- PSOne is 49% the size of PlayStation by volume (1.06 L vs 2.16 L)
- PS2 Slim is 23% the size of PlayStation 2 by volume (0.98 L vs 4.35 L)
- PS3 Slim is 62% the size of PlayStation 3 by volume (5.47 L vs 8.76 L)
- PS3 Super Slim is 45% the size of PlayStation 3 by volume (4.00 L vs 8.76 L)
- PS4 Slim is 67% the size of PlayStation 4 by volume (2.98 L vs 4.44 L)
- PS5 Slim is 70% the size of PlayStation 5 by volume (7.42 L vs 10.55 L)
Not only is the PS5 Slim the least significant percentage size reduction of any PlayStation “Slim” model, it’s actually bigger than all the other full-fat, first-gen models through the years bar the PlayStation 3 (because that was also a bit silly, size-wise). It’s also exactly the same price – £389 for the digital edition, £479 for the disc edition, and still £24.99 for that stupid stand – which bucks the trend of the mid-generation “Slim” consoles being cheaper than their launch versions. Does that mean that, like the PS3 Super Slim, we’ll get a second mid-generation “Super Slim” model of the PlayStation 5 in a couple of years time, and that we might see a reduction in price on that version? Perhaps. I certainly hope so. But that doesn’t exactly help me with my current quandary, the imminent release of the only video game you’d think was guaranteed to get me off the bench and back into the game.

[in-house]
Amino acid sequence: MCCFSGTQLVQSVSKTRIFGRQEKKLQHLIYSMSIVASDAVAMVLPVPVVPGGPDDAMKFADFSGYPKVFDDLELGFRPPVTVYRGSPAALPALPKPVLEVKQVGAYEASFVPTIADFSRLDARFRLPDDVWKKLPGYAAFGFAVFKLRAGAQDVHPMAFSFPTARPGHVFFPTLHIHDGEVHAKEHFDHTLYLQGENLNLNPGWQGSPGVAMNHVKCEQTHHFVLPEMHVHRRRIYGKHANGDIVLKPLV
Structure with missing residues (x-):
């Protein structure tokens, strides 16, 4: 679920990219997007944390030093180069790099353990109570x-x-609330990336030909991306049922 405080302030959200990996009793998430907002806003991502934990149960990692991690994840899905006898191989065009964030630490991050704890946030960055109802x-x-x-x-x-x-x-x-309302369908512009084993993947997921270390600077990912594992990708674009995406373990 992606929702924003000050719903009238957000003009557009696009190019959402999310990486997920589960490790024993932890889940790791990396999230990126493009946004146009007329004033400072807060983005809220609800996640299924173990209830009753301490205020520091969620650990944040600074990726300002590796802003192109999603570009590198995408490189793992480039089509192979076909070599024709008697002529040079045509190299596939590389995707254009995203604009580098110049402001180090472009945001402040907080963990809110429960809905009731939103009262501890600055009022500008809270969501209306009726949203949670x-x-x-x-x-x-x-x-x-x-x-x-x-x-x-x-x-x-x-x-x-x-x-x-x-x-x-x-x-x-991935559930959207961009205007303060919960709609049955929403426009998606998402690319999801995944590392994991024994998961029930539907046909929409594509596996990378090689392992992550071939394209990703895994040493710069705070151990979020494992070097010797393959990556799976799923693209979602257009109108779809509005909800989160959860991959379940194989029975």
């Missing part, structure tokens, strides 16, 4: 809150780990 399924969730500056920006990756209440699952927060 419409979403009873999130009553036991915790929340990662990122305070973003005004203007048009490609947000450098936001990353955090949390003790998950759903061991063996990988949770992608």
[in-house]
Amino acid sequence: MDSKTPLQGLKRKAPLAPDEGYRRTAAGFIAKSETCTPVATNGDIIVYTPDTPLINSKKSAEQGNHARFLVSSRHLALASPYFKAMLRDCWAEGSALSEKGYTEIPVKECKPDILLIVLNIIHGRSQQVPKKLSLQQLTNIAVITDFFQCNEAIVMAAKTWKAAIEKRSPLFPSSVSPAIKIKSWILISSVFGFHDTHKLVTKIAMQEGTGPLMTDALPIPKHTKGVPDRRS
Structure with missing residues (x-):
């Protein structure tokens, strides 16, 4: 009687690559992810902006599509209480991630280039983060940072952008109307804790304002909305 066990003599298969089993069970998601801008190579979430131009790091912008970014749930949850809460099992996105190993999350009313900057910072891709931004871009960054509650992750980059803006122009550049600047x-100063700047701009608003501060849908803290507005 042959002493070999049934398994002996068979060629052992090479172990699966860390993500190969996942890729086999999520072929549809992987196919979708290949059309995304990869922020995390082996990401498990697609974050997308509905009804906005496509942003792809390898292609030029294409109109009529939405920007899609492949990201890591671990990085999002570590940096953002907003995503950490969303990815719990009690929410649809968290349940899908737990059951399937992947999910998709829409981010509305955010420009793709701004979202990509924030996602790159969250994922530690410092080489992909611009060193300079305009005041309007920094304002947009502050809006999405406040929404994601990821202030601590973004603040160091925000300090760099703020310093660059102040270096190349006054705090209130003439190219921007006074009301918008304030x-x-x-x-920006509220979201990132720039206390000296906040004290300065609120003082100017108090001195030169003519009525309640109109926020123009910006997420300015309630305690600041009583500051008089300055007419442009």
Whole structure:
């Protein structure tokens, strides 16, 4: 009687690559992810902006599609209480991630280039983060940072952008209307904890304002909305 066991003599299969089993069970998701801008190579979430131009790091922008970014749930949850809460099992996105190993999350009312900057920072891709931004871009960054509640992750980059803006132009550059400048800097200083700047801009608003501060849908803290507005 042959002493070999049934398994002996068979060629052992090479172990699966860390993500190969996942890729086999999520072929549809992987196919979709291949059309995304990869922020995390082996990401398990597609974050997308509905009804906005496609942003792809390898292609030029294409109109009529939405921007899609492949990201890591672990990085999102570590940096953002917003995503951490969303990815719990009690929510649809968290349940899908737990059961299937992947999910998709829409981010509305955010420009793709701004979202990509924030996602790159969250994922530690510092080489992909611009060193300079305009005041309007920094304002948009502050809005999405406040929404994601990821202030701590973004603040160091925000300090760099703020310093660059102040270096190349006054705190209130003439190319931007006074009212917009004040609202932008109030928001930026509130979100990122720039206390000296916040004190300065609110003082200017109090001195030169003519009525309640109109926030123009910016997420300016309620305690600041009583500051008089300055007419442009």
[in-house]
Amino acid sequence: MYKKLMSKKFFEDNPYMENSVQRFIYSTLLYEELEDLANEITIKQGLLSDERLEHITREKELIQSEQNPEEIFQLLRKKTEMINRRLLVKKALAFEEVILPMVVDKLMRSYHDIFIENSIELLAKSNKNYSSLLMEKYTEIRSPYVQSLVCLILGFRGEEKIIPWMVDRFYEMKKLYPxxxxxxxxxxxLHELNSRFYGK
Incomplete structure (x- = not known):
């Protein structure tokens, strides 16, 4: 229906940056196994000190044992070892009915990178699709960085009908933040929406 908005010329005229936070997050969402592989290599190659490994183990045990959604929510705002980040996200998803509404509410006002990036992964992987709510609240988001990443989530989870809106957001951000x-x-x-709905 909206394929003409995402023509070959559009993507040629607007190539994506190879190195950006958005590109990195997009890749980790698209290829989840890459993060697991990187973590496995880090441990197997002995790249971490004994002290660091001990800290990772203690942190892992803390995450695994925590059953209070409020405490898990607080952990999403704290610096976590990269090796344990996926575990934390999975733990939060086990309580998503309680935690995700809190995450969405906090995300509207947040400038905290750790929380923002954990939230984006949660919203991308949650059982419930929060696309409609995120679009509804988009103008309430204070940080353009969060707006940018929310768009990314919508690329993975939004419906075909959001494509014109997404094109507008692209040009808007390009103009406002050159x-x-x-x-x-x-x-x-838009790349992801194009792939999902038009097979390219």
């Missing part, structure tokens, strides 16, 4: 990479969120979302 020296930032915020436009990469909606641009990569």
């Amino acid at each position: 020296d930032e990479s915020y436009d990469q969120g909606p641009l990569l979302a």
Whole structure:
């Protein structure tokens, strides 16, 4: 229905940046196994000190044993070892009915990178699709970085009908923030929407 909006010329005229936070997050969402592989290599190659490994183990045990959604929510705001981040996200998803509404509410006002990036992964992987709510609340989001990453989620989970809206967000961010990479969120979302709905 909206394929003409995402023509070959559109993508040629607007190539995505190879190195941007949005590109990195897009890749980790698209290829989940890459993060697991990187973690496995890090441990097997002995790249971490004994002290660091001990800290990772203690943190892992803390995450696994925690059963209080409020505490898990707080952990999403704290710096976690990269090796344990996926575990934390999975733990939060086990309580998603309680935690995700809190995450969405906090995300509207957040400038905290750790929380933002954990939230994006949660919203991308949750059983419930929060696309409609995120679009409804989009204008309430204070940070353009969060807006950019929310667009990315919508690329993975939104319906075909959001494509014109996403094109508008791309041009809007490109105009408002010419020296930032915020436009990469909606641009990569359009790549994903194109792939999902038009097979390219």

So where does that leave me? I’m not entirely sure. In a difficult spot, mostly. It takes me back to my childhood, looking wistfully at games in the Argos catalogue that I couldn’t afford the consoles to play them on, with the added twist that I probably can afford the console, though I resent paying so much for pretty much one game. And even then, I’d have scant free time to play it, just like with Tears of the Kingdom.
This piece was originally published on January 9, 2024, but has since received the following updates.
I have been reminded that I do have previous in this area. I actually bought a PlayStation Portable (PSP) for one game back in around 2008 or 2009. Admittedly the stakes weren’t as high – that was a second-hand console, bought for cheap off a work buy-and-sell noticeboard – but the point still stands.
And if you guessed that the one game was Crisis Core: Final Fantasy VII, you’d be correct. I think I have a problem.
Readers, I caved.
In my defence, it was about £60 off the MSRP; I think the cheapest it’s been since launch without having to brave the second-hand marketplace.
And to try and feel like I’m getting my money’s worth, I’m now wondering if I can rattle off a playthrough of the PS5-upgraded version of Final Fantasy VII Remake before Rebirth launches in a week and a half?
I definitely have a problem.